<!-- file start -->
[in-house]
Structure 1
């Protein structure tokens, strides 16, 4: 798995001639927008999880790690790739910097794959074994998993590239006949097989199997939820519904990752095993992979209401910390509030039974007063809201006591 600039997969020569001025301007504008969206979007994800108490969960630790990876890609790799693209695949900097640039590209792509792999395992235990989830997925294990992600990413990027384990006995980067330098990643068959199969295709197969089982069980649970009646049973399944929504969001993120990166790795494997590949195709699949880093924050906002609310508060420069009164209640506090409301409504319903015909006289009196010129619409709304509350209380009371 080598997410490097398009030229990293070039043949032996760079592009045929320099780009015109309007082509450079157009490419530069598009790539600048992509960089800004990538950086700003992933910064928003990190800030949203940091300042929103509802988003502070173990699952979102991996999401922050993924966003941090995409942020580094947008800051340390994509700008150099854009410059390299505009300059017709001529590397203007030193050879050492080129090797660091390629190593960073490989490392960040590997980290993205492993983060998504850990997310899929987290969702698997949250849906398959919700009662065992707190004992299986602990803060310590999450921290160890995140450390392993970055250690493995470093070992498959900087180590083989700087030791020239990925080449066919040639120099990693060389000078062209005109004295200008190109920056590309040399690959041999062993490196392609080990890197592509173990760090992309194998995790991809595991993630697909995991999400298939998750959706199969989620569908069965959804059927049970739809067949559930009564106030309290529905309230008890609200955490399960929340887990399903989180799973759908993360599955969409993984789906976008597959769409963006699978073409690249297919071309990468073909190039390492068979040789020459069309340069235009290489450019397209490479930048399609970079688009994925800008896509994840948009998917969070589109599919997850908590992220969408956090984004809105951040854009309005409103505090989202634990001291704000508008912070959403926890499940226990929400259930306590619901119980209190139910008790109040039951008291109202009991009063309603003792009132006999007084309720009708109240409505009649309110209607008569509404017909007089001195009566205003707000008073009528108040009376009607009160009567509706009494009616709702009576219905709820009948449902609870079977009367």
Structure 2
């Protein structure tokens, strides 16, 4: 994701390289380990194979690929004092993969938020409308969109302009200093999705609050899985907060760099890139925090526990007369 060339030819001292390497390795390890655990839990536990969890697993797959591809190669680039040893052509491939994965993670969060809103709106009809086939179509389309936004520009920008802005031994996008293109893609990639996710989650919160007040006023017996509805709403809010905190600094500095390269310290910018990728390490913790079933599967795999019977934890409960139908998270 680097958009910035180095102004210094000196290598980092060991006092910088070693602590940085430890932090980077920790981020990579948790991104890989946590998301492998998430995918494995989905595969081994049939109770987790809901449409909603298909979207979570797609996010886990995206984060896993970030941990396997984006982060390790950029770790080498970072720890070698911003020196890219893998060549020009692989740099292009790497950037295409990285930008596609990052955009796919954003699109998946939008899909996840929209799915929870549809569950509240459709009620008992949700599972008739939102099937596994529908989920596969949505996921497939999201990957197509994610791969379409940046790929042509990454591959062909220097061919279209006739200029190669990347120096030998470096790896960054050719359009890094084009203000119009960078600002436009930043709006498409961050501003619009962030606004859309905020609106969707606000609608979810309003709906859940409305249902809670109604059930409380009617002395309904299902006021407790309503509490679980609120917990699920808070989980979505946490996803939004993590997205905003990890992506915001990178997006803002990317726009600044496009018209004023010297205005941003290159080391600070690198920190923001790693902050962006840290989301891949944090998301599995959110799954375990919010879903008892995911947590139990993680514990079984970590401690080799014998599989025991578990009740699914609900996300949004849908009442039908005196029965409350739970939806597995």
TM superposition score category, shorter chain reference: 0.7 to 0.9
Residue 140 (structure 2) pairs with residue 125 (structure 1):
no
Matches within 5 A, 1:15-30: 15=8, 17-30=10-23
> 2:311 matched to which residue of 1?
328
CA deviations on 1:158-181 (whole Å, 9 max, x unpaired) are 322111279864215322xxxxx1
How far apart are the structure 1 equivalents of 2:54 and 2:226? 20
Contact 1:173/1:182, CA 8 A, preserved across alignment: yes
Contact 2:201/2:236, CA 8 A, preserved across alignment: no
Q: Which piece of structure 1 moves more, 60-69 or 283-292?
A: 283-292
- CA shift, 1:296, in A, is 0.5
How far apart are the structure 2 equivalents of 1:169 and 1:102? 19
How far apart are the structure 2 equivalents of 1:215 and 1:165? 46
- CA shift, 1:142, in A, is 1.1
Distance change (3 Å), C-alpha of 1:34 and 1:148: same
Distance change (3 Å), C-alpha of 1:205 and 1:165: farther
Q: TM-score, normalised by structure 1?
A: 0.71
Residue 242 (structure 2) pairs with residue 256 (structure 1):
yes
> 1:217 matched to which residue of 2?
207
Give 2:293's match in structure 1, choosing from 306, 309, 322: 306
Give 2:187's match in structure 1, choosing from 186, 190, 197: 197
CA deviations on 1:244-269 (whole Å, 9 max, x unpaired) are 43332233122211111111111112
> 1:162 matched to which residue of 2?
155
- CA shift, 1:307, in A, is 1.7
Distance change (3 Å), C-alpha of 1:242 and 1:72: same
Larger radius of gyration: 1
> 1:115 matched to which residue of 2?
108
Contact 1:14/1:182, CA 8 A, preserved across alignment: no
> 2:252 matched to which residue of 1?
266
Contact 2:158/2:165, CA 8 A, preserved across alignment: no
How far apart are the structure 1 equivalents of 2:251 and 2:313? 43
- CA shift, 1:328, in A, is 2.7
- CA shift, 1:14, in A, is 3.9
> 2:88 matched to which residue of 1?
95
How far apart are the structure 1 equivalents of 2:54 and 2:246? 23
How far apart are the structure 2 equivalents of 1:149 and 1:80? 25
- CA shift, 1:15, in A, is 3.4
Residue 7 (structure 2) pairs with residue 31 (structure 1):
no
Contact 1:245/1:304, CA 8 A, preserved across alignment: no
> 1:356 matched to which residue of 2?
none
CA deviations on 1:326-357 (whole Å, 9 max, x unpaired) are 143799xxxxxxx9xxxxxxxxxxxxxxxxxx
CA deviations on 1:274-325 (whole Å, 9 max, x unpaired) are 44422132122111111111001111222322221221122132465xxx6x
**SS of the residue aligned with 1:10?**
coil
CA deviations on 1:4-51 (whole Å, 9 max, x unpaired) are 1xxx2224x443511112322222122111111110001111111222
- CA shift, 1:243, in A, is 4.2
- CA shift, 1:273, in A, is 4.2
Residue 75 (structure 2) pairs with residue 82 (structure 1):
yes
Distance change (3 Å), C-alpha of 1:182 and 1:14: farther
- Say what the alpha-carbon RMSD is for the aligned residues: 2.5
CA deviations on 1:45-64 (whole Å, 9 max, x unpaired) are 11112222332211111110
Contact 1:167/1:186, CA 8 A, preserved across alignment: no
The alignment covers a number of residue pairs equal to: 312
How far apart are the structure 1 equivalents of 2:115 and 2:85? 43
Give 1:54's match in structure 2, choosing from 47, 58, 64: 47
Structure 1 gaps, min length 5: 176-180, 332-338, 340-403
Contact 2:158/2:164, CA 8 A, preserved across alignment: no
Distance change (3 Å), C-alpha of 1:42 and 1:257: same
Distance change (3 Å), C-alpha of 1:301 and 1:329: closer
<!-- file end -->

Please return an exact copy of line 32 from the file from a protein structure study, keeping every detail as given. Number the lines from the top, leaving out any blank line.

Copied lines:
CA deviations on 1:244-269 (whole Å, 9 max, x unpaired) are 43332233122211111111111112